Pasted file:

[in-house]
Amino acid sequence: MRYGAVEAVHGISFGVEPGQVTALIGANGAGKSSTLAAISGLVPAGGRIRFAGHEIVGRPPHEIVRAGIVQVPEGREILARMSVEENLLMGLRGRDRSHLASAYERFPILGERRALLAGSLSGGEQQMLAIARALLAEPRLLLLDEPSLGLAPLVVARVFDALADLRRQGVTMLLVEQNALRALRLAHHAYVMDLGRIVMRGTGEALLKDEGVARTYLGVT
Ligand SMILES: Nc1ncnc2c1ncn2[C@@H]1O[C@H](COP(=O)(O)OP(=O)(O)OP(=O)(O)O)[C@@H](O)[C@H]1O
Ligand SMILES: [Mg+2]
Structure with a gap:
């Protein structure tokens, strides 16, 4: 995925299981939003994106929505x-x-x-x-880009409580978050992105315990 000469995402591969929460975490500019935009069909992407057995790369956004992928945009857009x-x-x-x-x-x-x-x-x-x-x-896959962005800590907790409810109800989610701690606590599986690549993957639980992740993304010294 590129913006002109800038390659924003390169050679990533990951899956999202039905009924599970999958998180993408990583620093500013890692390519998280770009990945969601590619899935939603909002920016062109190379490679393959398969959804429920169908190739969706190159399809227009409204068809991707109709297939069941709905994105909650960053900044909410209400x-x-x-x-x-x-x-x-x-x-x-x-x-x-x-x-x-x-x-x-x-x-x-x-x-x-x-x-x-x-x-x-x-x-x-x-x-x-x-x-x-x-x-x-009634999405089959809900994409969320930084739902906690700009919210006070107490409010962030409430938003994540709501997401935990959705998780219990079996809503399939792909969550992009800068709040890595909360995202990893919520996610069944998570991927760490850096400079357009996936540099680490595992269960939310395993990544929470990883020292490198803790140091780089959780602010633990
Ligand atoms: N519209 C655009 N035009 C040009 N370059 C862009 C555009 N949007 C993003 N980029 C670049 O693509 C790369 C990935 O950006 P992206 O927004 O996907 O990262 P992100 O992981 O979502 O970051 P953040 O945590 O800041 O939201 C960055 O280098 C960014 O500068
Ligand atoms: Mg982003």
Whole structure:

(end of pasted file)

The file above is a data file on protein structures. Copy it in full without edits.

[in-house]
Amino acid sequence: MRYGAVEAVHGISFGVEPGQVTALIGANGAGKSSTLAAISGLVPAGGRIRFAGHEIVGRPPHEIVRAGIVQVPEGREILARMSVEENLLMGLRGRDRSHLASAYERFPILGERRALLAGSLSGGEQQMLAIARALLAEPRLLLLDEPSLGLAPLVVARVFDALADLRRQGVTMLLVEQNALRALRLAHHAYVMDLGRIVMRGTGEALLKDEGVARTYLGVT
Ligand SMILES: Nc1ncnc2c1ncn2[C@@H]1O[C@H](COP(=O)(O)OP(=O)(O)OP(=O)(O)O)[C@@H](O)[C@H]1O
Ligand SMILES: [Mg+2]
Structure with a gap:
């Protein structure tokens, strides 16, 4: 995925299981939003994106929505x-x-x-x-880009409580978050992105315990 000469995402591969929460975490500019935009069909992407057995790369956004992928945009857009x-x-x-x-x-x-x-x-x-x-x-896959962005800590907790409810109800989610701690606590599986690549993957639980992740993304010294 590129913006002109800038390659924003390169050679990533990951899956999202039905009924599970999958998180993408990583620093500013890692390519998280770009990945969601590619899935939603909002920016062109190379490679393959398969959804429920169908190739969706190159399809227009409204068809991707109709297939069941709905994105909650960053900044909410209400x-x-x-x-x-x-x-x-x-x-x-x-x-x-x-x-x-x-x-x-x-x-x-x-x-x-x-x-x-x-x-x-x-x-x-x-x-x-x-x-x-x-x-x-009634999405089959809900994409969320930084739902906690700009919210006070107490409010962030409430938003994540709501997401935990959705998780219990079996809503399939792909969550992009800068709040890595909360995202990893919520996610069944998570991927760490850096400079357009996936540099680490595992269960939310395993990544929470990883020292490198803790140091780089959780602010633990
Ligand atoms: N519209 C655009 N035009 C040009 N370059 C862009 C555009 N949007 C993003 N980029 C670049 O693509 C790369 C990935 O950006 P992206 O927004 O996907 O990262 P992100 O992981 O979502 O970051 P953040 O945590 O800041 O939201 C960055 O280098 C960014 O500068
Ligand atoms: Mg982003």
Whole structure: